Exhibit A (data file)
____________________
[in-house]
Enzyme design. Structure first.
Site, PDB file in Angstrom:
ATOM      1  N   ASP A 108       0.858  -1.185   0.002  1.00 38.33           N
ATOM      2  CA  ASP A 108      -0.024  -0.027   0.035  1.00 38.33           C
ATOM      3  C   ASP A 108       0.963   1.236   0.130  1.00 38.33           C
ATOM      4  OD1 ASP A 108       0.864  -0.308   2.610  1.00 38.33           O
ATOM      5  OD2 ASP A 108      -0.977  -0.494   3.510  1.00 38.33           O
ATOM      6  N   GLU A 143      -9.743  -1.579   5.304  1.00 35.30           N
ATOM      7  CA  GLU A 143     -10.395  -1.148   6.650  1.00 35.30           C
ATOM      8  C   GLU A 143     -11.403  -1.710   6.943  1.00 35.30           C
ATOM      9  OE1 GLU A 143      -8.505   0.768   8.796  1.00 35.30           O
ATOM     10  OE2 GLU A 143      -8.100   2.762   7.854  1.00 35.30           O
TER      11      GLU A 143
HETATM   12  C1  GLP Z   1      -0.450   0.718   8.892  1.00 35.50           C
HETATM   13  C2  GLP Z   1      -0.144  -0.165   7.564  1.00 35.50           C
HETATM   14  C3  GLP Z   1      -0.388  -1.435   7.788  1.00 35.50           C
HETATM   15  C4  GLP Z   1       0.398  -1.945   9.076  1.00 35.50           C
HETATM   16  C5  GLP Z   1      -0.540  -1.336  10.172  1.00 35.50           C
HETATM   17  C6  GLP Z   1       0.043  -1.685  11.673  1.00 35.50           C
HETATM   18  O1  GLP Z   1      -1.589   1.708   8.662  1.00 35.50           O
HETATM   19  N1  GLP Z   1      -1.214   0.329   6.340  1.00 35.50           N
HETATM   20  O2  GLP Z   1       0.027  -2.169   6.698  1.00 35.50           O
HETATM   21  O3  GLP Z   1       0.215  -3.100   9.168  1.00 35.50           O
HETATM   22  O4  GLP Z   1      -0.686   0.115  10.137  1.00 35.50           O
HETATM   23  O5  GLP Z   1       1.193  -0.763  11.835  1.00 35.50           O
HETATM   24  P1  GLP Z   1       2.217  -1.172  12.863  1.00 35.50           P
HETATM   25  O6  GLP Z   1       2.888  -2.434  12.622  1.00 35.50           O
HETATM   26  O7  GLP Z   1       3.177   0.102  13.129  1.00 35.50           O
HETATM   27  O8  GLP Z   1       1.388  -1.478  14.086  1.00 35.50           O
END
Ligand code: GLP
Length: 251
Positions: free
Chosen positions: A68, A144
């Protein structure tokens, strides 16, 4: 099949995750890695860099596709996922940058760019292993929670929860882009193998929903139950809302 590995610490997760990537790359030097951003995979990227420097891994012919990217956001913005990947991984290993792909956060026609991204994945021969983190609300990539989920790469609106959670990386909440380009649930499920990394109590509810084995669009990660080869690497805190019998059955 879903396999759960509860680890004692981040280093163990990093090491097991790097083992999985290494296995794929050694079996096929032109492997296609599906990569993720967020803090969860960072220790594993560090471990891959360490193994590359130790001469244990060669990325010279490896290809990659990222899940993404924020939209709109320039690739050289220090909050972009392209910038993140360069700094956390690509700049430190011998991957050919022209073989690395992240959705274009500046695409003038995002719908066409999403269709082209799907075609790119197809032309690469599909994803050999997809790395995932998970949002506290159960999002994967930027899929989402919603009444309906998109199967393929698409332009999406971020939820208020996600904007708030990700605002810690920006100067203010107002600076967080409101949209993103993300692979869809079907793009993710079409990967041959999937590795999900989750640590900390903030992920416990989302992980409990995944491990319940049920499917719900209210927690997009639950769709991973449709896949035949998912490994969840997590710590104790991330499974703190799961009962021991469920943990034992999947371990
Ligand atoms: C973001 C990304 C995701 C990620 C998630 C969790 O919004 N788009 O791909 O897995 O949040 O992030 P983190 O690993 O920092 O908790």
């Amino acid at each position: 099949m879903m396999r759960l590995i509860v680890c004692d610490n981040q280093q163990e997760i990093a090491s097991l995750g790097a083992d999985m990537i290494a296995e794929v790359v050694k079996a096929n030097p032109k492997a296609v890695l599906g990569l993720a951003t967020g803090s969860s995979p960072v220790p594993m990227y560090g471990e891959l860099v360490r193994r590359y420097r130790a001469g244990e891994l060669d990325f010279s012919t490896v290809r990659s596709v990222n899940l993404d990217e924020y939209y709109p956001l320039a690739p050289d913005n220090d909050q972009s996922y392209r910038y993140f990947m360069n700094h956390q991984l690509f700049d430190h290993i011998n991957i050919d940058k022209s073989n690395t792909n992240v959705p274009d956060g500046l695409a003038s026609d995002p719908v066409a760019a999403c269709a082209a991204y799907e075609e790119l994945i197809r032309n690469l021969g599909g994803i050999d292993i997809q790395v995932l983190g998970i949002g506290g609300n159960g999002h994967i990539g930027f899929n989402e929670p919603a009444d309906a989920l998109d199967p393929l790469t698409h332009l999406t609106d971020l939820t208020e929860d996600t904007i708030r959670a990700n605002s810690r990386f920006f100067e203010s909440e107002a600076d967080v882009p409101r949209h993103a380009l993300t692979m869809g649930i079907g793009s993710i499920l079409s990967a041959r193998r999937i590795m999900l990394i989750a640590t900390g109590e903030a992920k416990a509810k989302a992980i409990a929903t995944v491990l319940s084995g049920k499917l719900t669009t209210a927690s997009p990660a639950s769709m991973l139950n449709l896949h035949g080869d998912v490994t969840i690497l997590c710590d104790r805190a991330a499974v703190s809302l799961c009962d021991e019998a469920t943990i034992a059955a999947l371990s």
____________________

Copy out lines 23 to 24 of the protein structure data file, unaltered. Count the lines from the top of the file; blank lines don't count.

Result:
HETATM   20  O2  GLP Z   1       0.027  -2.169   6.698  1.00 35.50           O
HETATM   21  O3  GLP Z   1       0.215  -3.100   9.168  1.00 35.50           O